Increase Representation Among Faculty/Staff
An increase of faculty and staff of Color on college and university campuses, especially people who have had international experiences, can serve as a huge resource in encouraging students to travel abroad and act as mentors for minoritized groups
Outreach to Families
Provide parent/family information sessions about study abroad to address specific concerns such as discrimination abroad, familial separation, and heritage learning
Provide students with financial support information early on in order to to help them realize that study abroad can be financially feasible.
Acquaye, 2012, L. A., & Crewe, S. E. (2012). International programs: Advancing human rights and social justice for African American Students. Journal of Social Work Education, 48(4), 763-784.
Brux, J. M, & Fry, B. (2010). Multicultural students in study abroad: Their interests, their issues, and their constraints. Journal of Studies in International Education 14(2), 508-527.
Council on International Educational Exchange. (1991). Black students and overseas programs: Broadening the Base of Participation. Council on International Educational Exchange, New York, N.Y.
Delgado, R. & Stefancic, J. (2001). Critical race theory: An introduction. New York, NY: New York University Press.
Dessoff, A. (2006). Who’s not going abroad? International Educator, 15(2), 20-27.
Goldstein, S. B., & Kim, R. I. (2006) Predictors of US college students' participation in study abroad programs: a longitudinal study. International Journal of Intercultural Relations, 30(4), pp 507-521.
Institute of International Education. (2013). Fast Facts. Open Doors Data.
McClure, K. R., Szelényi, K., Niehaus, E., Anderson, A. A., & Reed, J. (2010). “We just don’t have the possibility yet”: U.S. Latina/o narratives on study abroad. Journal of Student Affairs Research and Practice 47(3), 367-386.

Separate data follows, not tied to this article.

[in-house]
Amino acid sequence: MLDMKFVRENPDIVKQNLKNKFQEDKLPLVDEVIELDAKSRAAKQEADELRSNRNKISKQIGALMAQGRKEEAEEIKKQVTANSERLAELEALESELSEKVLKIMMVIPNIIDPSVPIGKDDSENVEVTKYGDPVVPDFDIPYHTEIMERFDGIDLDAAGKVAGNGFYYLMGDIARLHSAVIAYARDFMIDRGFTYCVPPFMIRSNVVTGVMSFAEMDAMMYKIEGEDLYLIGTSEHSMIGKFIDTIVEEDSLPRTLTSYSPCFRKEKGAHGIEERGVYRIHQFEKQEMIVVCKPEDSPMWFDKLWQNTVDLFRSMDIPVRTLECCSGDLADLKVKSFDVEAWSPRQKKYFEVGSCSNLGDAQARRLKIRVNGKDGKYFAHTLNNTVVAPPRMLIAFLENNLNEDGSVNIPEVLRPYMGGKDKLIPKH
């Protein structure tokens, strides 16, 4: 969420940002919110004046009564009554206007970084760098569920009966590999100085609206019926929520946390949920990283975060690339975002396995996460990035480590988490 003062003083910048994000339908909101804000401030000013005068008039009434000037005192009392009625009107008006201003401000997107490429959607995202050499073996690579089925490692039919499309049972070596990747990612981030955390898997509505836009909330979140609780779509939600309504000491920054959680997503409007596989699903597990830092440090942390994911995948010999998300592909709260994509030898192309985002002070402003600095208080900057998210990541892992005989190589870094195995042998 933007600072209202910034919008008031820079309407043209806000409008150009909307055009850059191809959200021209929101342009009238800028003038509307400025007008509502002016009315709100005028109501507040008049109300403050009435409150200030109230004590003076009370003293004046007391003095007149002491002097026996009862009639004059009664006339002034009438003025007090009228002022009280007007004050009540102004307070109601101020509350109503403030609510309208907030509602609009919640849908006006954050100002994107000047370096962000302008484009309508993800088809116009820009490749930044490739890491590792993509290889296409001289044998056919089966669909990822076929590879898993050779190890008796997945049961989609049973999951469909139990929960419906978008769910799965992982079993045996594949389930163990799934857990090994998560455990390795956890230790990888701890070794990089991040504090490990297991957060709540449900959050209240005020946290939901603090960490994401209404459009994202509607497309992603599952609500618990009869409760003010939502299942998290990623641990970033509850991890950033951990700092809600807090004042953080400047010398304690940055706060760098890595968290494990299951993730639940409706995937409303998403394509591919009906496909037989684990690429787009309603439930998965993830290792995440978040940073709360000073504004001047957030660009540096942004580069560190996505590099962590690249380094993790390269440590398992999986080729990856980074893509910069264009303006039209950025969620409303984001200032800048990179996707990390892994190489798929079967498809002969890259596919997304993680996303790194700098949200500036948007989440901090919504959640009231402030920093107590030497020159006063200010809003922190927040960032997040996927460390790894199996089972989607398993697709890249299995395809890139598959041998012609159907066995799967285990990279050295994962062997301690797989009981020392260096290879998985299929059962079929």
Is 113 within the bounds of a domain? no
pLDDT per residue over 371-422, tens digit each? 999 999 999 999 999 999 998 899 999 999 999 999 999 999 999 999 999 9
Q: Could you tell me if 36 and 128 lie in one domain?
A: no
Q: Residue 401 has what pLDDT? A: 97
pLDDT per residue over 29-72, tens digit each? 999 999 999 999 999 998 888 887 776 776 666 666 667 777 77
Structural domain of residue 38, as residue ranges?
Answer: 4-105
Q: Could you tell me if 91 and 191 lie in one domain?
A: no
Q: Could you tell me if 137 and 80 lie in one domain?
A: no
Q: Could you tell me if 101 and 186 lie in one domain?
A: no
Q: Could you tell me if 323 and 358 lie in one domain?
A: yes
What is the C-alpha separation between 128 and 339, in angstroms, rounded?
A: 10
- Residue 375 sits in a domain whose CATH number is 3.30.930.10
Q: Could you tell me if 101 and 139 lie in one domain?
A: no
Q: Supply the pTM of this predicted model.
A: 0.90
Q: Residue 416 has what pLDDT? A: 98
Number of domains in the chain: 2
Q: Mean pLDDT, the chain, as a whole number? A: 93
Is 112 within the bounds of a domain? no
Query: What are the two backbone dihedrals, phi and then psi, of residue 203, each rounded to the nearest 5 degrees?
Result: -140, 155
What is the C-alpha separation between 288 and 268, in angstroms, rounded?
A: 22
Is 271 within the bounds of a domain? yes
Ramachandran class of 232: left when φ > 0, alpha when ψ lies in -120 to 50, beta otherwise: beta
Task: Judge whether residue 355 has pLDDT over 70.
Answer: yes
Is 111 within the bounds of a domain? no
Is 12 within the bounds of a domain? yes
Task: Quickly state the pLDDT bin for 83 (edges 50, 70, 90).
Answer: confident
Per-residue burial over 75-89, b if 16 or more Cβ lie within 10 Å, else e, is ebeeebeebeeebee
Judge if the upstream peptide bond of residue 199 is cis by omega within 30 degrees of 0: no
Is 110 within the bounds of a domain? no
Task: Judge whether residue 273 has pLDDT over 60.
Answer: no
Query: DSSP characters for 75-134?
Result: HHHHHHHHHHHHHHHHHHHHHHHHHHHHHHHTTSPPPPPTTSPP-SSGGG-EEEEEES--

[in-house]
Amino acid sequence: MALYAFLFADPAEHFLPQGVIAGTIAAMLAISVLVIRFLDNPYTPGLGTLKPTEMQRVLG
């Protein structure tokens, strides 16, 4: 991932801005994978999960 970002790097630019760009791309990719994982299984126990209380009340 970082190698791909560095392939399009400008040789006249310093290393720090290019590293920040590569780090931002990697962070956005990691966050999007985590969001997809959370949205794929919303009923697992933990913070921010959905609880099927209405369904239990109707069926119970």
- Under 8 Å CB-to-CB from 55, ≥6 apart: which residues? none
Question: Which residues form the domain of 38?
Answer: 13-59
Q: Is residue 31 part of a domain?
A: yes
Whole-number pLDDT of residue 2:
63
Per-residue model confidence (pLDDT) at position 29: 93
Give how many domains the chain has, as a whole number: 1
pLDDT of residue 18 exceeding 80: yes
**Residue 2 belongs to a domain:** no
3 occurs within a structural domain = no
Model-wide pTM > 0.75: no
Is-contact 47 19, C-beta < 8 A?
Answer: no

McLellan, 2010, C. E. (2010) International education travel and youth of color: College is too late! Education and Urban Society, 43(2), pp. 244-265.
Norton, I. (2008). Changing the face of study abroad. Chronicle of Higher Education 55(5), B12-B15.
Oregon State University. Enrollment Summary, Fall 2012.
Penn, E. B. & Tanner, J. (2009). Black students and international education: An assessment. Journal of Black Students, 40(2), pp. 266-282.
Salisbury, M. H., Paulsen, M. B., & Pascarella, E. T. (2011). Why do all study abroad students look alike? Applying an integrated student choice model to explain differences in the factors that influence white and minority students' intent to study abroad. Research in Higher Education, 52, pp. 123-150.
Salisbury, M. H., Umbach, P. D., Paulsen, M. B., & Pascarella, E. T. (2009). Going global: Understanding the choice process of the intent to study abroad. Research in Higher Education 50, 119-143.
Savicki, V. & Cooley, E. (2011). American identity in study abroad students: Contrasts, changes, correlates. Journal of College Student Development, 52(3), pp. 339-349.
Stroud, A. H. (2010). Who plans (not) to study abroad? An examination of U.S. student intent. Journal of Studies in International Education 14(5), 491-507.
Walker, S., Bukenya, J. O., & Thomas, T. (2011). Examining students’ perceptions of globalization and study abroad programs at HBCUs. US-China Education Review, 77-88.